Prevalence, characteristics, and predictors of early termination of cardiovascular clinical trials due to low recruitment: insights from the ClinicalTrials.gov registry.

Published

Journal Article

BACKGROUND: Early termination of clinical trials due to low recruitment represents an understudied challenge for clinical research. We aimed to describe characteristics of cardiovascular trials terminated because of low recruitment and identify the major predictors of such early termination. METHODS: We reviewed all cardiovascular clinical trials (7,042 studies) registered in ClinicalTrials.gov from February 29, 2000, to January 17, 2013, and assessed information about trials that were completed and those that were terminated early. Logistic regression models were developed to identify independent predictors of early termination due to low recruitment. RESULTS: Our search strategy identified 6,279 cardiovascular clinical trials, of which 684 (10.9%) were terminated prematurely. Of these halted trials, the main reason for termination was lower than expected recruitment (278 trials; 53.6%). When comparing trials that terminated early because of low recruitment with those that were completed, we found that studies funded by the National Institutes of Health or other US federal agencies (odds ratio [OR] 0.35, 95% confidence interval [CI] 0.14-0.89), studies of behavior/diet intervention (OR 0.35, 95% CI 0.19-0.65), and single-arm design studies (OR 0.57, 95% CI 0.42-0.78) were associated with a lower risk of early termination. University/hospital-funded (OR 1.52, 95% CI 1.10-2.10) and mixed-source-funded studies (OR 2.14, 95% CI 1.52-3.01) were associated with a higher likelihood of early termination due to lower than expected recruitment rates. CONCLUSIONS: Low recruitment represents the main cause of early termination of cardiovascular clinical trials. Funding source, type of intervention, and study design are factors associated with early termination due to low recruitment and might be good targets for improving enrollment into cardiovascular clinical trials.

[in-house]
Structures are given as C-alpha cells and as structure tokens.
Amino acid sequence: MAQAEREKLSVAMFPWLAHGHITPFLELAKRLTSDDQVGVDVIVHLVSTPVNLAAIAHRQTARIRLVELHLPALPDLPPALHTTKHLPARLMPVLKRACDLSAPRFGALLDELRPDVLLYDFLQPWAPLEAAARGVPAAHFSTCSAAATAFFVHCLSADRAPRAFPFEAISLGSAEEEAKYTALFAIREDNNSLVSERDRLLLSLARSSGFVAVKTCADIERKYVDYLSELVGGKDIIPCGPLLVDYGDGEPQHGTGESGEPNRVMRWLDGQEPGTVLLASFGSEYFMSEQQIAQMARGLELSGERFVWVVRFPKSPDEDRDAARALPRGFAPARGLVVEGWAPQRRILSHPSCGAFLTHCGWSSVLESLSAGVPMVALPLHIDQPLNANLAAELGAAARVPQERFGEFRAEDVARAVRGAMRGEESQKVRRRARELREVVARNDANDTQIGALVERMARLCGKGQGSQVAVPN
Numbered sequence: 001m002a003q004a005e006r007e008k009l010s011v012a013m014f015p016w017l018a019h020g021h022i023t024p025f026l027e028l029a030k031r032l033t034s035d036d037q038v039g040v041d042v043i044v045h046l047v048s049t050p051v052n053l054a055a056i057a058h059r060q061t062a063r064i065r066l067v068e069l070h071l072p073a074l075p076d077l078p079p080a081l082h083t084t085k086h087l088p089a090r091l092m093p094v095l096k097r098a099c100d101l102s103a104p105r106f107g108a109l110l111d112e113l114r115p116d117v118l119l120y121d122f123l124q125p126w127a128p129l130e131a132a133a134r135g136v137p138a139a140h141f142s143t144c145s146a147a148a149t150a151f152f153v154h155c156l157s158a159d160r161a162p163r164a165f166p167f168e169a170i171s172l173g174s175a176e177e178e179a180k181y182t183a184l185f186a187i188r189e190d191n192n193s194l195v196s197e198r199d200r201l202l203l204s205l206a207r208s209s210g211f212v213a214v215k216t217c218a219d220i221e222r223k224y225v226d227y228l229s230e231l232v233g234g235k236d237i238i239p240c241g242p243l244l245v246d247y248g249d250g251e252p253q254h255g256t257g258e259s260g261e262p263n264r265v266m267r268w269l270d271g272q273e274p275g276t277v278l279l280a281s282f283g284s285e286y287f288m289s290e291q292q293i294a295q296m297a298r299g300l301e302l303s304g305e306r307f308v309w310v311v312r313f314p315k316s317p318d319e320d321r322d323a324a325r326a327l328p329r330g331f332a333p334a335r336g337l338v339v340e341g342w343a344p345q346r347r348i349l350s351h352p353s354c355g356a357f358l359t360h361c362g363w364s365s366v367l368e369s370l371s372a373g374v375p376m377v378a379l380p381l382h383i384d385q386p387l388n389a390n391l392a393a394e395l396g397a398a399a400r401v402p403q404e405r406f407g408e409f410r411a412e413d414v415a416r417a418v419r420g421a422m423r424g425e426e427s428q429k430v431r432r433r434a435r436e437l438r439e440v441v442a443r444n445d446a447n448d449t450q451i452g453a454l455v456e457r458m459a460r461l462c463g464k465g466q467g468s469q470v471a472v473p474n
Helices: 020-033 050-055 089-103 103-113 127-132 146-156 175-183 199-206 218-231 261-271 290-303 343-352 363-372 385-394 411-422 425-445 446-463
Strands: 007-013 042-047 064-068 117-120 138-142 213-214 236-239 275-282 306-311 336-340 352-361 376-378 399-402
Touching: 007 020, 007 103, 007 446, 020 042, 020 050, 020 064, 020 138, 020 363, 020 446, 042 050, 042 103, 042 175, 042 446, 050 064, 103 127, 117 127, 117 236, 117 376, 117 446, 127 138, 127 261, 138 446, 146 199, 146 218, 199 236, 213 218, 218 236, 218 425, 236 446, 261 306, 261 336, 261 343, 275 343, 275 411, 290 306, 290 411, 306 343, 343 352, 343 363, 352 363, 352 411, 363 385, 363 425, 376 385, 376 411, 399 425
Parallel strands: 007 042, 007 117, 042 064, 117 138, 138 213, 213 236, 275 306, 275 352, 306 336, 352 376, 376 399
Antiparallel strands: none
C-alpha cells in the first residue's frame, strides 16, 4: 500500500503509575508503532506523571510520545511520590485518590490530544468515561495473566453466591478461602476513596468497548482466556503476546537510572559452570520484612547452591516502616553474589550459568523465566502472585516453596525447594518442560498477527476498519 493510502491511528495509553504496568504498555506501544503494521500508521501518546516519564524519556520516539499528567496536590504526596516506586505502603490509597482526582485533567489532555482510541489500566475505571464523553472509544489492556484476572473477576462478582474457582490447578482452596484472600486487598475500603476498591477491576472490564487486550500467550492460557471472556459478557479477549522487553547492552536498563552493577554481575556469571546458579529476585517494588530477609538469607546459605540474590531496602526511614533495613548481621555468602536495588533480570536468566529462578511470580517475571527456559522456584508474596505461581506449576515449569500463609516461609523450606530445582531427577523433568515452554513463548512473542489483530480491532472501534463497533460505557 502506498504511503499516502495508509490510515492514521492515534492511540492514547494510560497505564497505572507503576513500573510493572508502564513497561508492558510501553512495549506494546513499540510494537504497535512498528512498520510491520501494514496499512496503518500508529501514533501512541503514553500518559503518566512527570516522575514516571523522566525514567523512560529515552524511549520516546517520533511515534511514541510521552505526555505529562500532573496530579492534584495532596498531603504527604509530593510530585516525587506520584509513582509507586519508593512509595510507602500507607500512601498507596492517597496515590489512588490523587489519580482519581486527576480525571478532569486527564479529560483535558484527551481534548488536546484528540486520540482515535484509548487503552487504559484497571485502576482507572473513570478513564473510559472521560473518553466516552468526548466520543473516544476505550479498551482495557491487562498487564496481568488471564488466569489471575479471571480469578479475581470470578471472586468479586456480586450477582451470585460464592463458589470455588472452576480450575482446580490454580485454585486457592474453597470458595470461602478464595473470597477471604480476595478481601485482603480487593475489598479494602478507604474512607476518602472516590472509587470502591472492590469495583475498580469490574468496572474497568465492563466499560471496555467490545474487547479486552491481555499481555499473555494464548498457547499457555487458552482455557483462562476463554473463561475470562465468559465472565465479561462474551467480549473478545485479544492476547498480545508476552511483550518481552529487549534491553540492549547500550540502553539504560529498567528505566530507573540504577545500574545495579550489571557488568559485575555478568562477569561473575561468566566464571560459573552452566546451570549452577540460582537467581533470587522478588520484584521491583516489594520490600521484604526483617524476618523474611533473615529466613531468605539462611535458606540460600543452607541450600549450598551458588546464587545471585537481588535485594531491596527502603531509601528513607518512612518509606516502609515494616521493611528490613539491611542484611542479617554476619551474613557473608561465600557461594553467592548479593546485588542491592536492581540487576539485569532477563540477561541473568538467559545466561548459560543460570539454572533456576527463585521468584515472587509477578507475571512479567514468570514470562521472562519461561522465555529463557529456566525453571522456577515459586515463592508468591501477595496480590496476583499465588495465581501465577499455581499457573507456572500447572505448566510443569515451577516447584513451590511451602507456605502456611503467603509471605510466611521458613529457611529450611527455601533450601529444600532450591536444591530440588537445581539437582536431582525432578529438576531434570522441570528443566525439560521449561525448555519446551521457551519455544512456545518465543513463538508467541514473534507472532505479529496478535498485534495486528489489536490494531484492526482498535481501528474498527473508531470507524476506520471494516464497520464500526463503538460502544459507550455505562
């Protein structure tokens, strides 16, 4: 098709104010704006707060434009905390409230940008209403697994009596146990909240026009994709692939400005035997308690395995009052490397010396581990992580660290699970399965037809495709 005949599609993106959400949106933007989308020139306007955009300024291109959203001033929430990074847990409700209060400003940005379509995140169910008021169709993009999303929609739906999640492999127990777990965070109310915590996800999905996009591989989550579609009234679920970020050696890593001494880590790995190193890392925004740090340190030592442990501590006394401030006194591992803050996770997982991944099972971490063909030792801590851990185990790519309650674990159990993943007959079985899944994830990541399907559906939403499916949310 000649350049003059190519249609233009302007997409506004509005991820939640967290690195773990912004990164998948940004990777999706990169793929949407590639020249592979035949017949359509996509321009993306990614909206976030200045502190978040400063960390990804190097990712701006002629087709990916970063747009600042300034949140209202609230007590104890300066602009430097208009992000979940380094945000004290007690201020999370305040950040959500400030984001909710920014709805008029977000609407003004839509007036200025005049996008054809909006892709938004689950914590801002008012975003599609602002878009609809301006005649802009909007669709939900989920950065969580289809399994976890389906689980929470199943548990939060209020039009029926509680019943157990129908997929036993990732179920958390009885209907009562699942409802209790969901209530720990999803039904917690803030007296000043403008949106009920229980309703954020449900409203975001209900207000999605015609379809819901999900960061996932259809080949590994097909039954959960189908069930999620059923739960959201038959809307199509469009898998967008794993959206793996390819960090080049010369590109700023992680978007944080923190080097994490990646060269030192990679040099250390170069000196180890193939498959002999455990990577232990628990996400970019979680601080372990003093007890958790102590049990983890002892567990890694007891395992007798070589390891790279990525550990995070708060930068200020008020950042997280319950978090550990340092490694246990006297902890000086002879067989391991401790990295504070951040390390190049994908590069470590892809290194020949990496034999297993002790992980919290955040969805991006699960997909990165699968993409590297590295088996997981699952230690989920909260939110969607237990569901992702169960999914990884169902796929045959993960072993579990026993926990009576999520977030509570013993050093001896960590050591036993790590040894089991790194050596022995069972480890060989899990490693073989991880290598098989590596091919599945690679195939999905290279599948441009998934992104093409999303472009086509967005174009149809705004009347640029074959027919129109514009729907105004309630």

Full Text

Duke Authors

Cited Authors

  • Bernardez-Pereira, S; Lopes, RD; Carrion, MJM; Santucci, EV; Soares, RM; de Oliveira Abreu, M; Laranjeira, LN; Ikeoka, DT; Zazula, AD; Moreira, FR; Cavalcanti, AB; Mesquita, ET; Peterson, ED; Califf, RM; Berwanger, O; Methodological Evaluation of clinical TriAls Study Group,

Published Date

  • August 2014

Published In

Volume / Issue

  • 168 / 2

Start / End Page

  • 213 - 9.e1

PubMed ID

  • 25066561

Pubmed Central ID

  • 25066561

Electronic International Standard Serial Number (EISSN)

  • 1097-6744

Digital Object Identifier (DOI)

  • 10.1016/j.ahj.2014.04.013

Language

  • eng

Conference Location

  • United States